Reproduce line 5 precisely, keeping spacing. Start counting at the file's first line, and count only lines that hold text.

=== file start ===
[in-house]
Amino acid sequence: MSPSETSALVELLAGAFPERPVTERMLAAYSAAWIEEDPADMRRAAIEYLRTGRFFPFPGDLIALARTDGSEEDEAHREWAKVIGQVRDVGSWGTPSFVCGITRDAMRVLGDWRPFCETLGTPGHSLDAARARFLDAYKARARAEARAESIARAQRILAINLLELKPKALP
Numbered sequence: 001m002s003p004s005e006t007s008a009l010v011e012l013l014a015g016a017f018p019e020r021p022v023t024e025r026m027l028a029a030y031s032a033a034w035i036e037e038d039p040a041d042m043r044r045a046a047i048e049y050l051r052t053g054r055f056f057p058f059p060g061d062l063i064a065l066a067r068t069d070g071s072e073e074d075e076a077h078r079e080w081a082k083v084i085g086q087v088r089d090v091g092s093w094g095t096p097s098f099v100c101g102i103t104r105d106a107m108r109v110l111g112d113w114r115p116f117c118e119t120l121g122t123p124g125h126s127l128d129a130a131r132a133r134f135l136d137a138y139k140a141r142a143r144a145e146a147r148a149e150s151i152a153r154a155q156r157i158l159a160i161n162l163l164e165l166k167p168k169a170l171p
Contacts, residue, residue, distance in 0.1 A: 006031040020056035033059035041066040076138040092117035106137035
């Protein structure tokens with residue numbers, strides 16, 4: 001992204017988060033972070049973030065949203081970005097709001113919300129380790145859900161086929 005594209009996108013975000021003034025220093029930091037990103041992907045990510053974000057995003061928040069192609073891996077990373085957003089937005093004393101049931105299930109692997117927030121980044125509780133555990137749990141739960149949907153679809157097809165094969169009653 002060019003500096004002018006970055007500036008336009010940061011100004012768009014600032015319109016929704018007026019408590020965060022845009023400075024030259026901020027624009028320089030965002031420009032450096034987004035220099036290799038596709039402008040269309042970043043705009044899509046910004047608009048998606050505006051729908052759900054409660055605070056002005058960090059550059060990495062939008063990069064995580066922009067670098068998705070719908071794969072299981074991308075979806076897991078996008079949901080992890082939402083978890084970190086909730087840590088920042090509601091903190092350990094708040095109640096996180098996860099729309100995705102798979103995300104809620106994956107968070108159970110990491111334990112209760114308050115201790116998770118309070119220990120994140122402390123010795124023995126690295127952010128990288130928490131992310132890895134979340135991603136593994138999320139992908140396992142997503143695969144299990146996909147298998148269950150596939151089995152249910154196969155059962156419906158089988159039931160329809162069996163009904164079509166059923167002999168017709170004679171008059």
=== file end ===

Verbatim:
């Protein structure tokens with residue numbers, strides 16, 4: 001992204017988060033972070049973030065949203081970005097709001113919300129380790145859900161086929 005594209009996108013975000021003034025220093029930091037990103041992907045990510053974000057995003061928040069192609073891996077990373085957003089937005093004393101049931105299930109692997117927030121980044125509780133555990137749990141739960149949907153679809157097809165094969169009653 002060019003500096004002018006970055007500036008336009010940061011100004012768009014600032015319109016929704018007026019408590020965060022845009023400075024030259026901020027624009028320089030965002031420009032450096034987004035220099036290799038596709039402008040269309042970043043705009044899509046910004047608009048998606050505006051729908052759900054409660055605070056002005058960090059550059060990495062939008063990069064995580066922009067670098068998705070719908071794969072299981074991308075979806076897991078996008079949901080992890082939402083978890084970190086909730087840590088920042090509601091903190092350990094708040095109640096996180098996860099729309100995705102798979103995300104809620106994956107968070108159970110990491111334990112209760114308050115201790116998770118309070119220990120994140122402390123010795124023995126690295127952010128990288130928490131992310132890895134979340135991603136593994138999320139992908140396992142997503143695969144299990146996909147298998148269950150596939151089995152249910154196969155059962156419906158089988159039931160329809162069996163009904164079509166059923167002999168017709170004679171008059």